Money Talks, So Should You

6 tips for a solid personal finance life

Mitch Marsden
by Mitch Marsden , NAPFA

In your journey towards personal finance success and whatever that entails to you, you’ll no doubt face a ton of obstacles and setbacks. That is simply the nature of the beast. Still, I believe that these six tips will eventually and inevitably lead you to your desired destination.  
 
1. Simplicity, Simplicity, Simplicity

Let’s face it: we live in an extremely complex world as it is. There is true power in keeping your personal finances simple. Abiding by the basic truths you’ve already heard from your grandparents like “spend less than you earn,” “keep a budget,” “avoid debt,” etc. are what truly lead to a solid personal finance life. There really is no magic to it, just common sense and personal discipline. I’ve seen too many cases where individuals get caught up in the hype of some complex financial “opportunity” only to find that they had put themselves in a very complicated, stressful, and expensive mess.

Sometimes you’ll be forced to walk through complex financial issues about very important decisions. In those cases, see tip #2 below.

READ: Six steps to a great financial plan

2. Hire a Professional Financial Advisor

When you are faced with very important or unavoidably complex financial decisions, seek help from a professional. Just as you would go to a doctor with a serious health issue, go see an advisor with the serious financial issues. Financial advisors are dealing with this stuff day in and day out – they can help you sift through the complexities and make the right decision.

Don’t try going it alone on the big ones. The cost in fees you pay for the advice is often minimal compared to the benefits, even if the advisor is just helping you avoid the many pitfalls out there waiting to catch you.

Keep in mind, financial advisors are not created equally. Make sure to do some homework and interview several before making a decision. Here is a link to a NAPFA guide that will help you to know what to look for and what to avoid in an advisor.

3. Automate Good Financial Habits

A lot of us know what we need to do to create a strong financial life; it just gets difficult when it comes down to the actual doing. One way you can help yourself with this is to automate the good habits wherever possible.

READ: My 5 tips for building a solid financial life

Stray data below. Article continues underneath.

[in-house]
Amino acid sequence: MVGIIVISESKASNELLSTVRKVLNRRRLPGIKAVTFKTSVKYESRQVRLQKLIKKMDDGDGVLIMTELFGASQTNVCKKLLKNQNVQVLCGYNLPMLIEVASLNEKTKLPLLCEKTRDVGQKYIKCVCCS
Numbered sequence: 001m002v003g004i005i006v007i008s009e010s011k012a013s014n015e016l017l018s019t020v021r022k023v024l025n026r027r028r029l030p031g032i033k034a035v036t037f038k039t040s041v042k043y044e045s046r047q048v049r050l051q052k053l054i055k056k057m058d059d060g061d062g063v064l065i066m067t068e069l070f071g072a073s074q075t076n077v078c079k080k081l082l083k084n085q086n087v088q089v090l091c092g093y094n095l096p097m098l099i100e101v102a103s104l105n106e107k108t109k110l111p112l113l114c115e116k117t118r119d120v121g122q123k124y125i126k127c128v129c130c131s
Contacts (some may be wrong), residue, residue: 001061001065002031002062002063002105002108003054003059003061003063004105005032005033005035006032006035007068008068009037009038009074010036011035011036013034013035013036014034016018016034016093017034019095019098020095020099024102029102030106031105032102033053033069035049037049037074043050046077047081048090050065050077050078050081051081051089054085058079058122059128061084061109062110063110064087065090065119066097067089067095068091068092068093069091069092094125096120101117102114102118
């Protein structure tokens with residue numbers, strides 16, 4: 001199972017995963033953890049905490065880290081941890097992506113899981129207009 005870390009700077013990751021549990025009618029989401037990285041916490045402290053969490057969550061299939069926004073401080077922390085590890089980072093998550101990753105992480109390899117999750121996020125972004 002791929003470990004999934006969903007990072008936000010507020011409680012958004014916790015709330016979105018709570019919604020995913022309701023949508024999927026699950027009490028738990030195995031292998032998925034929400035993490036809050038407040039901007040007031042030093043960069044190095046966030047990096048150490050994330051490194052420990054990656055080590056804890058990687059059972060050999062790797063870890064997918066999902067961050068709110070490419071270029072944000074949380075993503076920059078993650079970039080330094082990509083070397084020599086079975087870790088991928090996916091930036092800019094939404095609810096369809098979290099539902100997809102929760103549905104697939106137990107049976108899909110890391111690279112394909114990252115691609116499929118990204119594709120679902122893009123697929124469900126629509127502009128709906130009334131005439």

Some examples of what you might automate include making savings contributions from your payroll check, retirement account contributions, investment allocations, bill pay to ensure bills are paid on time, and paying down debts on an aggressive schedule. Technology today will even essentially keep and track your budget for you automatically if you let it. Yes, some effort is required to set these things up and monitor them periodically, but it is well worth it.

4. Be Honest and Communicate Openly

When it comes to finances, be honest with yourself and with others, especially with your spouse or partner if you have one. If your personal finances walk the line of deceit and secrecy, they will eventually crumble one way or another. The same goes for simple lack of communication. If you have a spouse or partner, you need to be on the same page about money issues. Not only will you have a more peaceful and harmonious relationship, your personal financials will grow stronger and stronger and will have the support needed for you to be successful.

5. Complete Annual Financial Reviews

Take time at least once a year to look over the various financial aspects of your life. A good practice would be to review your net worth, annual cash flow, insurance policies, estate planning documents, retirement and savings accounts, investments and their performance, tax information and any other business or financial information that may apply to you. Taking some time with each of these every year will allow you to monitor your financial progress and make sure that everything keeps running smoothly. You’ll also be able to see when changes need to be made when something no longer applies or becomes problematic.

READ: Three tips for starting a budget

Some people would complete these reviews more often and that is great. For the rest of us, once a year is a good place to start. And before you get too overwhelmed, keep in mind that if you do this regularly, these reviews may take only a few minutes for each topic area.

6. Moderation In All Things

As with most areas of life, there is a balance that needs to be achieved with personal finance. Too much of any one thing is often a bad thing. You frequently hear about the problems of spending too much, but saving too much can also be damaging in a different way. Similarly, focusing too much time and effort on your personal finances may also be just as hurtful as not spending any time on it at all.

Only you can decide what the right mix and balances is, but in all your financial dealings remember that extremes are rarely going to lead you to the solid personal finance life you seek.

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Mitch Marsden is a member of the National Association of Personal Financial Advisors (NAPFA), a fee-only professional association and a Dimespring knowledge partner.